We are pleased to reveal the release of Spark Interactive Console in Azure Toolkit for IntelliJ. This new component facilitates Spark job authoring, and enables you to run code interactively in a shell-like environment within IntelliJ.
The Spark console includes Spark Local Console and Spark Livy Interactive Session. When you run the Spark console, instances of SparkSession and SparkContext are automatically instantiated like in Spark shell. You can use ‘spark’ to access the SparkSession and use ‘sc’ to access the SparkContext. The Spark local console allows you to run your code interactively and validate your code logic locally. You can also check your programming variables and perform other scripting operations locally before submitting to the cluster. The Spark Livy interactive session establishes an interactive communication channel with your cluster so you can check on file schemas, preview data, and run ad-hoc queries while you are programming your Spark job. You can also easily switch the Livy interactive session against different Spark clusters.
The Spark console has a Language Service built-in for Scala programming. You can leverage the language service features, such as IntelliSense and autocomplete, to look up a Spark object (i.e., Spark context and Spark session) properties, query hive metadata, and check on function signatures.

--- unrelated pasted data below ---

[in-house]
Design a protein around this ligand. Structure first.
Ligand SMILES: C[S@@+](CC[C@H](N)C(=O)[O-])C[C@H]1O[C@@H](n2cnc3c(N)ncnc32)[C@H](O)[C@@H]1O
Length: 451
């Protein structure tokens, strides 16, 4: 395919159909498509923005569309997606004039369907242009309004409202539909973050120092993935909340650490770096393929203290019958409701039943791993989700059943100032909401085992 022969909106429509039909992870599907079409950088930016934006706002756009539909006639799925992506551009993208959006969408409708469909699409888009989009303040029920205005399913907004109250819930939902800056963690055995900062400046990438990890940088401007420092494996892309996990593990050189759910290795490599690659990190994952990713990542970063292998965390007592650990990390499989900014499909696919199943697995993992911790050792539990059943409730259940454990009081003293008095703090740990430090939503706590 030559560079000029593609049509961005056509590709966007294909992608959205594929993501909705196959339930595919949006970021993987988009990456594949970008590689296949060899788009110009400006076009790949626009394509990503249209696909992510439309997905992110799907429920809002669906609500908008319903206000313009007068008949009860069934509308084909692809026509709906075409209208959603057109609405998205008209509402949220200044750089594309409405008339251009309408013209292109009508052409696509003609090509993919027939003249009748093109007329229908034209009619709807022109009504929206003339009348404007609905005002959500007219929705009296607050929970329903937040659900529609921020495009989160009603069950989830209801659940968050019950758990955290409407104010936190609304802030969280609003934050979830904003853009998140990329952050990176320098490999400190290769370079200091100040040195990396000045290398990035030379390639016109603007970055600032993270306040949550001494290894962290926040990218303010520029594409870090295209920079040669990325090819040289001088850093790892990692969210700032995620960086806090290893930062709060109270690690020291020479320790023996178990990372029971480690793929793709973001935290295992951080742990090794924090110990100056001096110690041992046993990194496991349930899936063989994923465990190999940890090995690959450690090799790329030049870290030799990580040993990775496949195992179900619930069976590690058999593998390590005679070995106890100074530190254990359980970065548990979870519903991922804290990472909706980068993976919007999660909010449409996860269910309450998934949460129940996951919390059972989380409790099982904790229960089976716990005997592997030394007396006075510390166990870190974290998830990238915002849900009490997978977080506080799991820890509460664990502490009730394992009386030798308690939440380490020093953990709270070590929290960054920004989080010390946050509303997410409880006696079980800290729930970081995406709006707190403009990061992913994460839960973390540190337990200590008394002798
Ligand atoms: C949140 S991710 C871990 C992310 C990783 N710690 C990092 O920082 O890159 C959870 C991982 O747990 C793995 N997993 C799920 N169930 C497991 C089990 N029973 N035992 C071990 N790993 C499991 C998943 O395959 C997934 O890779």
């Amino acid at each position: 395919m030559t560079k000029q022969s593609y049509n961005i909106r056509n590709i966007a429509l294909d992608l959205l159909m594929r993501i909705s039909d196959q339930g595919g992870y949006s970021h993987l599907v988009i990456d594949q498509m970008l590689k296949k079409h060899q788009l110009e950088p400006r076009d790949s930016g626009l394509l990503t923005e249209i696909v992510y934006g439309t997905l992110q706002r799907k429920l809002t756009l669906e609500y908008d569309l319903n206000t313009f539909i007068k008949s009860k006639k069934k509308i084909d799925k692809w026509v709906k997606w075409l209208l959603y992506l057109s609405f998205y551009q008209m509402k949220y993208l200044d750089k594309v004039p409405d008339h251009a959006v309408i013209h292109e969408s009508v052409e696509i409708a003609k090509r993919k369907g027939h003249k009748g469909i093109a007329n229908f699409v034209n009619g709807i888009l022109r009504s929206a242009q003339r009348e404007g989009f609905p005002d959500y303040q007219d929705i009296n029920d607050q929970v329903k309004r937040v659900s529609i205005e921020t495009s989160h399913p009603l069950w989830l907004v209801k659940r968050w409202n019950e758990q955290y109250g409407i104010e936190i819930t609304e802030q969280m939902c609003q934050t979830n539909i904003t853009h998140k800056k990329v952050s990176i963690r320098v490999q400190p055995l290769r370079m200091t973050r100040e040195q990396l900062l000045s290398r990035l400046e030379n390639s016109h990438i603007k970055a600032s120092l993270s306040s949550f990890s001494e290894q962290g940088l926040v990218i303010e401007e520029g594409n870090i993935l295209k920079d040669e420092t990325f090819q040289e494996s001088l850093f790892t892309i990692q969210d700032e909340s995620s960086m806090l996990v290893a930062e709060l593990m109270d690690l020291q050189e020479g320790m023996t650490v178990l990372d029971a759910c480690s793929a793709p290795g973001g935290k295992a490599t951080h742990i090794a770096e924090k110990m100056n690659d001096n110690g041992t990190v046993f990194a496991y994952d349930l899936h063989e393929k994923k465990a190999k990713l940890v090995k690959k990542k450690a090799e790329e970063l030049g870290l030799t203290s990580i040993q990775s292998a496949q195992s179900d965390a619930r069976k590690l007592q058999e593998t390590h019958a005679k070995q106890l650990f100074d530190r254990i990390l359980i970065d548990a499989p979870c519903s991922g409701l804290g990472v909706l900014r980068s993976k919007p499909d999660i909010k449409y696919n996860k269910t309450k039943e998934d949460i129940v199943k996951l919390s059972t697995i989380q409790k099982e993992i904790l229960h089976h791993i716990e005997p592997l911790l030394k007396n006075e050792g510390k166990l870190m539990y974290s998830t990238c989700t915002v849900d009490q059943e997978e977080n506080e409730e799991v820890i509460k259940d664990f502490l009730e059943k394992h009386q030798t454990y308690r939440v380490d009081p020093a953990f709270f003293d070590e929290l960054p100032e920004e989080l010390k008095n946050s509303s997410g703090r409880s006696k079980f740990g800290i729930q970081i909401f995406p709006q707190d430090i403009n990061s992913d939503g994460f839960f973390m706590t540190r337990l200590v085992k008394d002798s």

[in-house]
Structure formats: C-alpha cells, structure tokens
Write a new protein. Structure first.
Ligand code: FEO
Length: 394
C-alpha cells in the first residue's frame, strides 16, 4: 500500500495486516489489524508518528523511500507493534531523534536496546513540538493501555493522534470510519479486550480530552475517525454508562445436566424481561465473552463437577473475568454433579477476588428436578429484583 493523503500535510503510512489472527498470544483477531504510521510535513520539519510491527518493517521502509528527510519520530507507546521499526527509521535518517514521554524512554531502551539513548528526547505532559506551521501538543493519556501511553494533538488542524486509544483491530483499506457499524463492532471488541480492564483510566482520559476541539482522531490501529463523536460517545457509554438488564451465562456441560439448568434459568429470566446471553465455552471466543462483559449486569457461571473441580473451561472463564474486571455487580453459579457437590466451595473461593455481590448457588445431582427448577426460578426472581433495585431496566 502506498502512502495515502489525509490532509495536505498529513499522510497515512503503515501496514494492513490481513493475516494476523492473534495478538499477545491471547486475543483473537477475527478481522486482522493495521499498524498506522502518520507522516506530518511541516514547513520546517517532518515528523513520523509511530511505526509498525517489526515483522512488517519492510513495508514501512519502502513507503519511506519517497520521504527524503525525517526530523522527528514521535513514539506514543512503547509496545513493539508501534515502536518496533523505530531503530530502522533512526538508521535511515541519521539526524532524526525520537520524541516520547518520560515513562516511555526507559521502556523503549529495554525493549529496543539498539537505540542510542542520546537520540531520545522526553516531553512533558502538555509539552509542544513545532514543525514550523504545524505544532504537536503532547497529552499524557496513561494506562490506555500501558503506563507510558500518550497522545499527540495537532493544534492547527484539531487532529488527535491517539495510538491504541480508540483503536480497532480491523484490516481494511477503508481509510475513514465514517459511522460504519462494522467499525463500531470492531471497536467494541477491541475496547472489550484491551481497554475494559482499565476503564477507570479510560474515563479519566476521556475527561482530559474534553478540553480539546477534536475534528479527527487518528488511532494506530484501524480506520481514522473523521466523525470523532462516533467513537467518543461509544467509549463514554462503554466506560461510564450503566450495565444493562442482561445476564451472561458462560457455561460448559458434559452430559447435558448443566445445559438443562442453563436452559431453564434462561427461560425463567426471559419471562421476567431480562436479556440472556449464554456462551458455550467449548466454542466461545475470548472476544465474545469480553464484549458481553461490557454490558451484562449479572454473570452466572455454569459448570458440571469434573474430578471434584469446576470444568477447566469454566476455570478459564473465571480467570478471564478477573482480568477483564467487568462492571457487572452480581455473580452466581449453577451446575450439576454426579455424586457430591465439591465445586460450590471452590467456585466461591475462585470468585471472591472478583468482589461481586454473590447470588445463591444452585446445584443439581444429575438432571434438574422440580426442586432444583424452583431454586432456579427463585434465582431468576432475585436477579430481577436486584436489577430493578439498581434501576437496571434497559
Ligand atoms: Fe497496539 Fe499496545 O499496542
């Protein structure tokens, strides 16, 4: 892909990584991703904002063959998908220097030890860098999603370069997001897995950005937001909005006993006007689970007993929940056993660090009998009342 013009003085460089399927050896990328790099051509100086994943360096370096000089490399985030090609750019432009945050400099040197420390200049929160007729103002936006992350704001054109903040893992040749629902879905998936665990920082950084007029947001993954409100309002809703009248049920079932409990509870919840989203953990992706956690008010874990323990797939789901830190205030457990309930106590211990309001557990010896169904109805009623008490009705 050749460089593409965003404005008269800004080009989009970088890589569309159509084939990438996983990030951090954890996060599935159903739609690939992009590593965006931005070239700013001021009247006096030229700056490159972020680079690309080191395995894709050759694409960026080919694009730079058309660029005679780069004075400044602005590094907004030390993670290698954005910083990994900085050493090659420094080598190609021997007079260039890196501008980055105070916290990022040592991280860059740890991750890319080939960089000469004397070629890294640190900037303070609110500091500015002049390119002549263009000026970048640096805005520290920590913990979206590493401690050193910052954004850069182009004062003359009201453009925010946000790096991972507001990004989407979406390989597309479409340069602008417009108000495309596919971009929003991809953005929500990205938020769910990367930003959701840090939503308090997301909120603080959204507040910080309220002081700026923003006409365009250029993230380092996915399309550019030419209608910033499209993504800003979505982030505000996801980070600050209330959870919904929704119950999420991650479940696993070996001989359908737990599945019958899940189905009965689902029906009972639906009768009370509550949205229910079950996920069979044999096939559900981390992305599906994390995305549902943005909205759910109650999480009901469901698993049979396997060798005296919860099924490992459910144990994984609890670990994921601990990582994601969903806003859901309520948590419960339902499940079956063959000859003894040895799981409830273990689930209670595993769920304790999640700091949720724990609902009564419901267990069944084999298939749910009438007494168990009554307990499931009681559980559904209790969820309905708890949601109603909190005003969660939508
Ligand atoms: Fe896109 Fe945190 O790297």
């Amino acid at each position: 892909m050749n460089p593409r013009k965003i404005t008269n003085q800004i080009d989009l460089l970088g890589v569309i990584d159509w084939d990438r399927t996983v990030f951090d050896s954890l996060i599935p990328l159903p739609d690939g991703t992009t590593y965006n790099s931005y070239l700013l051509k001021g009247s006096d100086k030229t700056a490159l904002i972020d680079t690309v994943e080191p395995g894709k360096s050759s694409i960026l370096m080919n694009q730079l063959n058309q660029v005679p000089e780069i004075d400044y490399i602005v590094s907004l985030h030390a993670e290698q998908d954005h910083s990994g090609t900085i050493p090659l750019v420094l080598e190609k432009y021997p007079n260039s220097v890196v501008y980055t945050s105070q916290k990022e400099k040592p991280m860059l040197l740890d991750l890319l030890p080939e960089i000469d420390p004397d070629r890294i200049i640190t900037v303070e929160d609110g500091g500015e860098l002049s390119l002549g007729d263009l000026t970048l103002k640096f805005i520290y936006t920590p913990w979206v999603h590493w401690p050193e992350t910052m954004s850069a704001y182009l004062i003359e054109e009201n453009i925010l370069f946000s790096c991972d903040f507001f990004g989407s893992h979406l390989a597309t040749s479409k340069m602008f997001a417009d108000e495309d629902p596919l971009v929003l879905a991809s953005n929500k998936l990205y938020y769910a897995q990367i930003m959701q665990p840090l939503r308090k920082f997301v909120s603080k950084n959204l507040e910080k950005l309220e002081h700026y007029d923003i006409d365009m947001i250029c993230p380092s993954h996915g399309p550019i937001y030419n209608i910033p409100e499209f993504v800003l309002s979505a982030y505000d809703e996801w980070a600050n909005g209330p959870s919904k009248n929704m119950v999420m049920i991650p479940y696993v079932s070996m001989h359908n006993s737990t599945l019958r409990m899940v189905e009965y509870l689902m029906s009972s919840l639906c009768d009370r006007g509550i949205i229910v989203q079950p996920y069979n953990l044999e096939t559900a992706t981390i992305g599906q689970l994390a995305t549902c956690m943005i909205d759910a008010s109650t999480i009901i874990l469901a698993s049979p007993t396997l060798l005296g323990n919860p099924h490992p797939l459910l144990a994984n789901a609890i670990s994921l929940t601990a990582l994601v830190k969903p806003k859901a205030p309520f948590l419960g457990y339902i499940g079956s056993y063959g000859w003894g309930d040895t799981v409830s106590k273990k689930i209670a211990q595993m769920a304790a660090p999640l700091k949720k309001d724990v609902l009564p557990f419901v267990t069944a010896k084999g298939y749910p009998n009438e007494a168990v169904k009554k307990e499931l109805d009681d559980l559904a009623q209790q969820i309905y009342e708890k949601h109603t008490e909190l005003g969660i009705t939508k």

A new feature, Send Selection to Spark Console (Ctrl + Shift + S), has been added to simplify the user experience for accessing the Spark console. You can send a highlighted single line of code or a block of code to the console from your main Scala project. This feature enables you to switch smoothly between contexts: coding and validation or testing code in the Spark console.
Summary of new features
- Run Spark local console
- Run Spark Livy interactive session console
- Language service for Scala enabled in the console
- Send selected code to console
The addition of the Spark console is an important step forward for the Azure Toolkit because of its expanding capabilities beyond batch job processing. This update also supports interactive querying across local and dev/test clusters.
To run your code and, please select and hold Ctrl + Enter, and use the up and down arrows to browse the history of previously run code.
How to access
You can easily start the Spark console either from the Tools menu or from the Scala file by right-clicking on the context menu.
For more information, check out the following:
- Get started by reading, “User manual – HDInsight IntelliJ plugin” on the Docs page.
- Learn how to, “Use Azure Toolkit for IntelliJ to debug Spark applications” in our documentation.
- Watch the Channel 9 demo, “Use Azure Toolkit for IntelliJ to debug Spark applications remotely on an HDInsight cluster.”
We look forward to your comments and feedback. If there are any feature requests, customer asks, or suggestions, please send us a note to firstname.lastname@example.org. For bug submissions, please open a new ticket using the template.